A researcher at US-based security company Endeavor Systems has released a white paper that details a new tool, called Stick, that can defeat intrusion detection systems (IDSs). Cortez Giovanni published the paper that explains how generating false attacks can trigger false alarms in some IDSs. When the volume of false attacks become higher than the IDS software can process, the system overloads, leaving room to hide a real attack among a barrage of false attacks. In many cases, administrators don't examine each attack, packet by packet, to learn the nature of what is occurring.
To perpetrate an attack, Giovanni's Stick program launches a multitude of false attacks with spoofed source addresses that serve as noise to confuse the IDS into miscategorizing each attack. In his whitepaper, Giovanni said, "Stick succeeds because script kiddies are operating security," suggesting that many companies don't ensure the knowledge level of the administrator they hire.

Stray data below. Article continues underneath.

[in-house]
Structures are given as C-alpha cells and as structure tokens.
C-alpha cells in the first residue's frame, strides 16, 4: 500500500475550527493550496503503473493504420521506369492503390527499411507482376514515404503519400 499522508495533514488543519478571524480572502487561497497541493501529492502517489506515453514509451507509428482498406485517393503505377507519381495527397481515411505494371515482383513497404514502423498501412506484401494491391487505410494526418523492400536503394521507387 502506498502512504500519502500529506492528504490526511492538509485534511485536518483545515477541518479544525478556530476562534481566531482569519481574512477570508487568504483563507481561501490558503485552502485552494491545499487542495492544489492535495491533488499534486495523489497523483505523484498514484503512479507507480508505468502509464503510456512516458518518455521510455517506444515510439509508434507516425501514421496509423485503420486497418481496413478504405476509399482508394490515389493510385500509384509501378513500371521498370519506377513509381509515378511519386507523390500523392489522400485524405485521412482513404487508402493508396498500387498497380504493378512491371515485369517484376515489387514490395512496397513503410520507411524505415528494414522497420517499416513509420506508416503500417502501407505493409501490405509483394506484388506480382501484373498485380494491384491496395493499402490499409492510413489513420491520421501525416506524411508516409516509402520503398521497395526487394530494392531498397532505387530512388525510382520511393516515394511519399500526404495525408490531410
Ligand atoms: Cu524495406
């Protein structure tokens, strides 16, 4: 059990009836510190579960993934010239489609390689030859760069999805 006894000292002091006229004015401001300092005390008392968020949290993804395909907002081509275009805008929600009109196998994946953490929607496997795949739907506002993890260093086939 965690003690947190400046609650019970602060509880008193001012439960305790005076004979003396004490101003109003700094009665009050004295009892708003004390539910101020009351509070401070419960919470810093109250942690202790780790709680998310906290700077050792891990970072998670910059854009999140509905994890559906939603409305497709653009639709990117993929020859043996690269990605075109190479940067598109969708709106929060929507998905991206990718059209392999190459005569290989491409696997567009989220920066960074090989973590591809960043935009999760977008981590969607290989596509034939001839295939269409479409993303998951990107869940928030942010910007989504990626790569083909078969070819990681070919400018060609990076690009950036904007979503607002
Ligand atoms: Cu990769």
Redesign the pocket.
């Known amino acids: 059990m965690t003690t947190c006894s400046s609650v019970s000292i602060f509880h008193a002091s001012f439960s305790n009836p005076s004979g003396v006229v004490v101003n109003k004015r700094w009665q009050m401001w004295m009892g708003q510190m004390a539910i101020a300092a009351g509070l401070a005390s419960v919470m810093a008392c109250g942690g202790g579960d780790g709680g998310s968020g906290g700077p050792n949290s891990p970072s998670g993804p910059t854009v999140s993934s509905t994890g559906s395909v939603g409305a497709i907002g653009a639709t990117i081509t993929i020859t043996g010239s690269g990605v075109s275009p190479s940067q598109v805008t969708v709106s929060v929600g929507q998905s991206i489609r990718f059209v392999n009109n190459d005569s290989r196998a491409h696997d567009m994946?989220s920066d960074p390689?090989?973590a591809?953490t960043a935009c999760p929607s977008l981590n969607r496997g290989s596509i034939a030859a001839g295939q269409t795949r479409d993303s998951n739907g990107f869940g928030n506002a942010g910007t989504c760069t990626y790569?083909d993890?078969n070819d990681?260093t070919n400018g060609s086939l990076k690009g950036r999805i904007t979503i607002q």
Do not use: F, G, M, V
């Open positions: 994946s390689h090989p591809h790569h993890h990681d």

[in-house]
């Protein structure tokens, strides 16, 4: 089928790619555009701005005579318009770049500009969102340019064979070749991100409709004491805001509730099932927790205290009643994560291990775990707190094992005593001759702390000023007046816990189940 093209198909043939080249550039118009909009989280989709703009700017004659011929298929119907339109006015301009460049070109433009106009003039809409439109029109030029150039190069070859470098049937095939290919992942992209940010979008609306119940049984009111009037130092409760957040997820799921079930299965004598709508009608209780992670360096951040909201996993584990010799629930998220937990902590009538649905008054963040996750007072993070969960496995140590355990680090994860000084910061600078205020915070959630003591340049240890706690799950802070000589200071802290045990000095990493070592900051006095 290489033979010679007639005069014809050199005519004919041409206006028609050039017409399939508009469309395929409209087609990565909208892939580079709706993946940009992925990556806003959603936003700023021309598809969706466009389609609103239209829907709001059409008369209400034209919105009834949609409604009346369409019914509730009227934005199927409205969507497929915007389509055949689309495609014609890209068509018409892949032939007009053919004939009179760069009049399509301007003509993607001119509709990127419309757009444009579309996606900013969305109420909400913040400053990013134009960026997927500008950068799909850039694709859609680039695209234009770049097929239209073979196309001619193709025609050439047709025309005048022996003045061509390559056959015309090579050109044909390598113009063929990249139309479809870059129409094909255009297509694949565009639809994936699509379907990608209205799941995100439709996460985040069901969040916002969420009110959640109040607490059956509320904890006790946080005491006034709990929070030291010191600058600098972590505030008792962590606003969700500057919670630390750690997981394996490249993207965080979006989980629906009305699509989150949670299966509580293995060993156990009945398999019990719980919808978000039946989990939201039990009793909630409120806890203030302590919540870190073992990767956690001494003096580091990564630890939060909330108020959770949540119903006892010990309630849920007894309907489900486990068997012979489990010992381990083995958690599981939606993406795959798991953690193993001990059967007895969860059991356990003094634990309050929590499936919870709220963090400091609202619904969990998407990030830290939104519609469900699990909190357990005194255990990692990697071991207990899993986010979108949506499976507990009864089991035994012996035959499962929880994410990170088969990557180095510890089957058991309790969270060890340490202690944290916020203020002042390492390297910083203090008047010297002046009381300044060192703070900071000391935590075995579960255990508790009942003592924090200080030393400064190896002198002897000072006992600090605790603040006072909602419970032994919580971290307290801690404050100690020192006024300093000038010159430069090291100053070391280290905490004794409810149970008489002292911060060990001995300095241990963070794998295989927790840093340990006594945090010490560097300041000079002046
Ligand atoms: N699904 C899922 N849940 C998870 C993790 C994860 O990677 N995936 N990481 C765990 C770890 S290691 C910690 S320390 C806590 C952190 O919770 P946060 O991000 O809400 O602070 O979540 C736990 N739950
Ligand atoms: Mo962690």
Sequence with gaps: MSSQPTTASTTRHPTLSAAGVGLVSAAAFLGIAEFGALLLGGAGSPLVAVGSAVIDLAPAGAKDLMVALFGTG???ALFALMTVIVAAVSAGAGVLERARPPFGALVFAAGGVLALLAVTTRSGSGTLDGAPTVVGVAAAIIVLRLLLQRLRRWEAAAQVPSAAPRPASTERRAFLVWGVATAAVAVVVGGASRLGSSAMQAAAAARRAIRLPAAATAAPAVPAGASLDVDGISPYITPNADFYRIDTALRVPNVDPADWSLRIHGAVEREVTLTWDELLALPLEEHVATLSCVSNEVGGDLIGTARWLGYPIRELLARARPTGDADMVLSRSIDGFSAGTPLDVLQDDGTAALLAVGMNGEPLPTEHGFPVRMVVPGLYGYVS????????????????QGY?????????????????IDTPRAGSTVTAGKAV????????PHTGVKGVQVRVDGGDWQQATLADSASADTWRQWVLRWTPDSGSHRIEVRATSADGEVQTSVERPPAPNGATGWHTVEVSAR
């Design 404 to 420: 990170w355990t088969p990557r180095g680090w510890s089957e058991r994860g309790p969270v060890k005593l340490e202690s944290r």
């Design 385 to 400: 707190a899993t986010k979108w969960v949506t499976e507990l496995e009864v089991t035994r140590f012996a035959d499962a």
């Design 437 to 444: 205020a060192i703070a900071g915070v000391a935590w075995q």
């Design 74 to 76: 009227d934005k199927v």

Giovanni said that many signature-based IDSs are flawed and likens the technology to virus-scanning software. Giovanni goes on to suggest that developers can design IDSs to be similar to firewalls that use stateful inspection. "An IDS must be able to validate that the alarm is correct. This means that the IDS needs to determine if the precursor- and post-events occurred that confirm or deny that an attack is real."
Internet Security Systems (ISS) has admitted that Stick does, in fact, congest the event channel within the company's RealSecure Network Sensor IDS product. ISS has released fixes for its RealSecure Network Sensor that limit the impact of Stick-based attacks.